IMF: Nine Out Of Thirteen African Countries In Research Stage Of CBDCs Execution

  • Various countries globally are making CBDCs a major part of discussions.
  • A lot of African countries are at various stages of establishing a CBDC. 
  • The South African Reserve Bank is experimenting with a wholesale CBDC, while the Bank of Ghana is experimenting with a retail CBDC. 

Central Bank Digital Currencies (CBDCs), have become quite popular following all the concerns and skepticisms around the cryptocurrencies. A lot of countries have been constantly thinking about setting up their own CBDC, while some have already done so. But here is a continent that is fast moving towards the concept. 

The International Monetary Fund (IMF) has recently highlighted some statistics and the status of 13 African countries that are at several stages of either deploying, piloting, or already utilizing Central Bank Digital Currencies (CBDCs). 

CBDCs are basically a virtual twin of fiat that is not only more secure but is less volatile too when compared to crypto assets. The only factor that might not attract the decentralization enthusiasts is that they are wholly issued and regulated by the central banks.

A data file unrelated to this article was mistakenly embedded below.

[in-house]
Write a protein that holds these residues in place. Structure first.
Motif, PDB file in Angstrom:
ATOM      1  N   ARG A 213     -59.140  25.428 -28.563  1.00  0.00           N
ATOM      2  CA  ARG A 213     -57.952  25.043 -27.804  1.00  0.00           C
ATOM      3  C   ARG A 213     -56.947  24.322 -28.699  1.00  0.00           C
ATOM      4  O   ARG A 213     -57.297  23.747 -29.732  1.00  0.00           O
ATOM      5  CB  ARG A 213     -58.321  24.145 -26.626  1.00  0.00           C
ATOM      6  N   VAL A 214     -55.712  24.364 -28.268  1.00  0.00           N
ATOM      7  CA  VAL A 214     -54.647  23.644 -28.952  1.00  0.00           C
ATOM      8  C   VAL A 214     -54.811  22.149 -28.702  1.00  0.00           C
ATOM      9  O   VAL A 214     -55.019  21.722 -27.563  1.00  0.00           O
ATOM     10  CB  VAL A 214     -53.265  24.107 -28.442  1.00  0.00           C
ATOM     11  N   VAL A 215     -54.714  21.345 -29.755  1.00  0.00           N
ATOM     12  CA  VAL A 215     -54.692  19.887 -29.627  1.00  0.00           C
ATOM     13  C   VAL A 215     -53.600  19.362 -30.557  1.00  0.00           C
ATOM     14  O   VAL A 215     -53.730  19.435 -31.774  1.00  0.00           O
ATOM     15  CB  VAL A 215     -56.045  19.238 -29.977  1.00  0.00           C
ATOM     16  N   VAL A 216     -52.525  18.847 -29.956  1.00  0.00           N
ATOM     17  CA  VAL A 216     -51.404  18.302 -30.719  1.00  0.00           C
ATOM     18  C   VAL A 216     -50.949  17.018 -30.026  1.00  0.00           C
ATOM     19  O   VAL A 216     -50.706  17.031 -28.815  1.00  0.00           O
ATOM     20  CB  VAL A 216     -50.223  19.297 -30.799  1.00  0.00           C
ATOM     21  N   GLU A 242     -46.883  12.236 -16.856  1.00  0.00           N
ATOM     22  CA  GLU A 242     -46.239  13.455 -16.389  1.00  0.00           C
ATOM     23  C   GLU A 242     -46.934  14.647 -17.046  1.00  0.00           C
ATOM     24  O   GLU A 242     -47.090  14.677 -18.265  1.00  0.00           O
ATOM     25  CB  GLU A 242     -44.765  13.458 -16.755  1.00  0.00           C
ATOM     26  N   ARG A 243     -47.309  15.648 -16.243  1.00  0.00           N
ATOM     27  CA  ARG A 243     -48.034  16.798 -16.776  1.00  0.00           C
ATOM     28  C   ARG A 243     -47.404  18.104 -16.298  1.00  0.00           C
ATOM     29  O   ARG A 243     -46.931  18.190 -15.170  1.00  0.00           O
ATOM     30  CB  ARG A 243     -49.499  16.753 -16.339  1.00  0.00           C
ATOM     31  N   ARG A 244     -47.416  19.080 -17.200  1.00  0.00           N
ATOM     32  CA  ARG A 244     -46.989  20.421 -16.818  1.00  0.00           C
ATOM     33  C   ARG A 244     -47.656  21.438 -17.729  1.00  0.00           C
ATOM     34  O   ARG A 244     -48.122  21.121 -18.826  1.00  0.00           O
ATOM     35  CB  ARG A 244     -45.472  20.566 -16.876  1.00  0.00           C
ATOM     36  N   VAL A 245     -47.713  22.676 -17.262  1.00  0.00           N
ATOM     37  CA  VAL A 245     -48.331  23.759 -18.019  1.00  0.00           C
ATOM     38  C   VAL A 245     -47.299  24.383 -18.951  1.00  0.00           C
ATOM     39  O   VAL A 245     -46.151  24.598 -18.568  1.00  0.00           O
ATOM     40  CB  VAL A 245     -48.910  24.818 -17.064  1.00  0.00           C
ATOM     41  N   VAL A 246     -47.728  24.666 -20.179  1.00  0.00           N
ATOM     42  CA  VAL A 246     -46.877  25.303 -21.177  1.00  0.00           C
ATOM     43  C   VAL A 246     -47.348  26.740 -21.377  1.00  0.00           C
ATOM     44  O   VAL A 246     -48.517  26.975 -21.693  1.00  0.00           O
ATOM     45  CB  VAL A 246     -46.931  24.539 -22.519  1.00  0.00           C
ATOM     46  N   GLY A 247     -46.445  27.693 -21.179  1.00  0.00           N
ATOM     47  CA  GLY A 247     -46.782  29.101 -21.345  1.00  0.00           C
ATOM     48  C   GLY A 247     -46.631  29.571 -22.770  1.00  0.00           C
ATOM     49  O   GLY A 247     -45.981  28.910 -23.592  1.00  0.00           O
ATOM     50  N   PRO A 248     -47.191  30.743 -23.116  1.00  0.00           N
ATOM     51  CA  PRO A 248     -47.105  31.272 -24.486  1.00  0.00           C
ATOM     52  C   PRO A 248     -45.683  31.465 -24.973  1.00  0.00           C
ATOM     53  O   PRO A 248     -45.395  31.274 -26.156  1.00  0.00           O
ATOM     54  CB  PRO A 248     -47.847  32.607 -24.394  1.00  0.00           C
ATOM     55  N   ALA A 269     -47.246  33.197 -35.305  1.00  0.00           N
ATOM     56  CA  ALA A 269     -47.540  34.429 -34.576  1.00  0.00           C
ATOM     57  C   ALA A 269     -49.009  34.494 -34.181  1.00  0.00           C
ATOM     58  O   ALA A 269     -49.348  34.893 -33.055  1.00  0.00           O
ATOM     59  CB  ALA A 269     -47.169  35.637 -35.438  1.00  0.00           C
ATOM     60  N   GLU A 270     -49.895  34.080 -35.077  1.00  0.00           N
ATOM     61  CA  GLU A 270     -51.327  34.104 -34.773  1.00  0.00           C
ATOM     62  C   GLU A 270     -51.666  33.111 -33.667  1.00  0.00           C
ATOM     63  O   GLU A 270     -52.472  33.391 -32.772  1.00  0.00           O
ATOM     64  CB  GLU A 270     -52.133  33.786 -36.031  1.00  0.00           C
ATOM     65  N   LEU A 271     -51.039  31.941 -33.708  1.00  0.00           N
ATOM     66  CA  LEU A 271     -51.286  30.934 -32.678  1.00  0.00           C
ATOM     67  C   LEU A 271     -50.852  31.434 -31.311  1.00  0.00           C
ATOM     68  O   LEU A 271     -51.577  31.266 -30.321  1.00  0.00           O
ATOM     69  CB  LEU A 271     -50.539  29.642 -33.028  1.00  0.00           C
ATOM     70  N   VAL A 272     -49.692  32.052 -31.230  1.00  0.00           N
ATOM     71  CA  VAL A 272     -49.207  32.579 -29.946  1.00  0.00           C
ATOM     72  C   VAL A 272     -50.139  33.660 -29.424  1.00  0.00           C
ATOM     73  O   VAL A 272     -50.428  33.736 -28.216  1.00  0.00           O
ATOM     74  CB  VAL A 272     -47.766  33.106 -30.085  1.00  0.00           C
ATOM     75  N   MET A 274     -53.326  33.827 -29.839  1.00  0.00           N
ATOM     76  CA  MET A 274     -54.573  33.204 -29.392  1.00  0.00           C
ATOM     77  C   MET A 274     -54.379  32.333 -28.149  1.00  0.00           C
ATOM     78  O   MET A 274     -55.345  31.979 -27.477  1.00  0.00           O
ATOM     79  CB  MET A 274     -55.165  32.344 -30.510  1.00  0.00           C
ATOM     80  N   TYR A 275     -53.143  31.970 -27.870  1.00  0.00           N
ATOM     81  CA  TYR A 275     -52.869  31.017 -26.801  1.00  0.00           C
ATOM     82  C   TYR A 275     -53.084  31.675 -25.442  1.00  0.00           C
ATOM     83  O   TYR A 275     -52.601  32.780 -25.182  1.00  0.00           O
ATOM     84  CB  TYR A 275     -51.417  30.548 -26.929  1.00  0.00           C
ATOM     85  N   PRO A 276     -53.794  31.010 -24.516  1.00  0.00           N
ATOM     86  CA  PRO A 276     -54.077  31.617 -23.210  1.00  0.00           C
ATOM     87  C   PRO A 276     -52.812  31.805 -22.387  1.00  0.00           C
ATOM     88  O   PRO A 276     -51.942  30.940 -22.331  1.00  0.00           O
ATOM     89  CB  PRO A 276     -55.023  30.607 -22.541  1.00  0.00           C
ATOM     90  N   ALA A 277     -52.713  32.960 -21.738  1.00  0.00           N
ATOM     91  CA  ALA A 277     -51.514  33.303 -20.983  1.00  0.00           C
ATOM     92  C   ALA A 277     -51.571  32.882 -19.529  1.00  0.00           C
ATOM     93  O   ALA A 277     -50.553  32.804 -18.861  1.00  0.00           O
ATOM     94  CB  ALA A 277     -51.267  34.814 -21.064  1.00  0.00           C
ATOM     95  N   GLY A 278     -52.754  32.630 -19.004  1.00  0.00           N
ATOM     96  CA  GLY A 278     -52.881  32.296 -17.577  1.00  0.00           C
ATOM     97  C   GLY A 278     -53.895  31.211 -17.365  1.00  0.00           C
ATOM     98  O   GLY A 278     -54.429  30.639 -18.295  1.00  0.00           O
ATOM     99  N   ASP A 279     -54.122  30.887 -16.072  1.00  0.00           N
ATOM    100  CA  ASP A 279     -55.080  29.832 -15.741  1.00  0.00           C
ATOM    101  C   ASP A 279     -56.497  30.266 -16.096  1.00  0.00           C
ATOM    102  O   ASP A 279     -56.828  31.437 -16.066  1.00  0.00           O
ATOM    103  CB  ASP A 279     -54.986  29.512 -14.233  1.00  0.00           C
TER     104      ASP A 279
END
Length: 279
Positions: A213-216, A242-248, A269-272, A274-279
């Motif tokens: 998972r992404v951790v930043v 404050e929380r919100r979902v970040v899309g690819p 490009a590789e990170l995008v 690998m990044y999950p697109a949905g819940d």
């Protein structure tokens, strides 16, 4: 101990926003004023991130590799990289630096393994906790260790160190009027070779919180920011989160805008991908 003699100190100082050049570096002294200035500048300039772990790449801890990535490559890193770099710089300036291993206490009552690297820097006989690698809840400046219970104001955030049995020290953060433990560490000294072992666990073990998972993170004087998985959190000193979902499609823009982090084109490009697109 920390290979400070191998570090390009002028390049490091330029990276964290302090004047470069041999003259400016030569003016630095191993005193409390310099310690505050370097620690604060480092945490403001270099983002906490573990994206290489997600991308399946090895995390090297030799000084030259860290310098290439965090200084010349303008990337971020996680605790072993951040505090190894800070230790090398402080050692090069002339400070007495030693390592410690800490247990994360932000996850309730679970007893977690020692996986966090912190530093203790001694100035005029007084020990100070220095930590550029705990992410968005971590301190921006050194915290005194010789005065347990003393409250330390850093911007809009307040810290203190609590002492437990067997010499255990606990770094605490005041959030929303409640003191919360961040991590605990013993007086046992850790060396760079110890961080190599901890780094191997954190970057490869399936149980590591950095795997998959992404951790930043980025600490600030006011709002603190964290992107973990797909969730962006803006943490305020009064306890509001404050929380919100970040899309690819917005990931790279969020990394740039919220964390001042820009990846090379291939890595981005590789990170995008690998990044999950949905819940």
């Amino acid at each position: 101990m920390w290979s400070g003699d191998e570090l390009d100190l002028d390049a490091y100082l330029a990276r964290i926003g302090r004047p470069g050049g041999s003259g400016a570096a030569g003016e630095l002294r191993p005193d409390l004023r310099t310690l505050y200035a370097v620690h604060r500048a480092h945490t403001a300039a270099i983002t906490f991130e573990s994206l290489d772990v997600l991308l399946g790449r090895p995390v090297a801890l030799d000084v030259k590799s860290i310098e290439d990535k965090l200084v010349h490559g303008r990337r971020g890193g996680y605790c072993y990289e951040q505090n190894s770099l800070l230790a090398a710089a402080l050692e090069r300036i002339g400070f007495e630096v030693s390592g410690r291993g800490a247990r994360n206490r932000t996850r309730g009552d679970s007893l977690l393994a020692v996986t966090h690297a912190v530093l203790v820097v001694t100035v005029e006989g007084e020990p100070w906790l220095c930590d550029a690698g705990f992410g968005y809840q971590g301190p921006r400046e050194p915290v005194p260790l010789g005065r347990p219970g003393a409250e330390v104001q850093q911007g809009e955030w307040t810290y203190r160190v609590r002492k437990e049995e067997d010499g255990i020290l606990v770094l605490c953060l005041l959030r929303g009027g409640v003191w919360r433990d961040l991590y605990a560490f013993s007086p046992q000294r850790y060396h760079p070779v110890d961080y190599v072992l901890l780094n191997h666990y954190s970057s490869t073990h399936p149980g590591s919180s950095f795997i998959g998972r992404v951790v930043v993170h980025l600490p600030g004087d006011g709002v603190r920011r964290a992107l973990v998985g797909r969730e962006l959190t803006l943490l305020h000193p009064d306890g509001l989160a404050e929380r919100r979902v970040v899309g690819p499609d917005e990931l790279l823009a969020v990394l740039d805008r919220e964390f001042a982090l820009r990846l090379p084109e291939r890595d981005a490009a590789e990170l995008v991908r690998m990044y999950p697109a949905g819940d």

According to the IMF chart, which shows the countries’ current stance on CBDCs, Ghana, South Africa, and Eswatini are the countries at the piloting stage. While Nigeria has already deployed the concept. 

Whereas if we talk about the ones at the research stage, they are Madagascar, Zimbabwe, Uganda, Rwanda, Mauritius, Zambia, Tanzania, Namibia, and Kenya. 

The South African Reserve Bank is also experimenting with a wholesale Central Bank Digital Currency (CBDC), that can specifically be utilized by the financial entities for interbank transfers. This is the second phase of its Project Khokha. 

Furthermore, the country is also taking part in a cross-border pilot with the central banks of Malaysia, Australia, and Singapore. 

Unlike the South African Reserve Bank, The Bank of Ghana is experimenting with a retail CBDC (or general-purpose CBDC), e-Cedi can be used by the folks with the help of a digital wallet app or a contactless smart card that can be utilized offline. 

Though the International Monetary Fund (IMF) also signifies that the governments would be required to enhance the access to digital infrastructure like mobile phones, internet connectivity, etc. 

And that the central banks would highly need to work on their technical potentials and expertise to deal with the concerns of data privacy, comprising possible cyber attacks, financial integrity, etc. 

Though these are just the risks we count on our fingers, there can be more problems and implementation of any new technology in a vast system like that of finance like how it would impact the private sector for digital payment services. 

This was about African countries, other countries like Qatar are also researching them. And a global economy like the US is still giving thoughts on it. 

Nancy J. Allen
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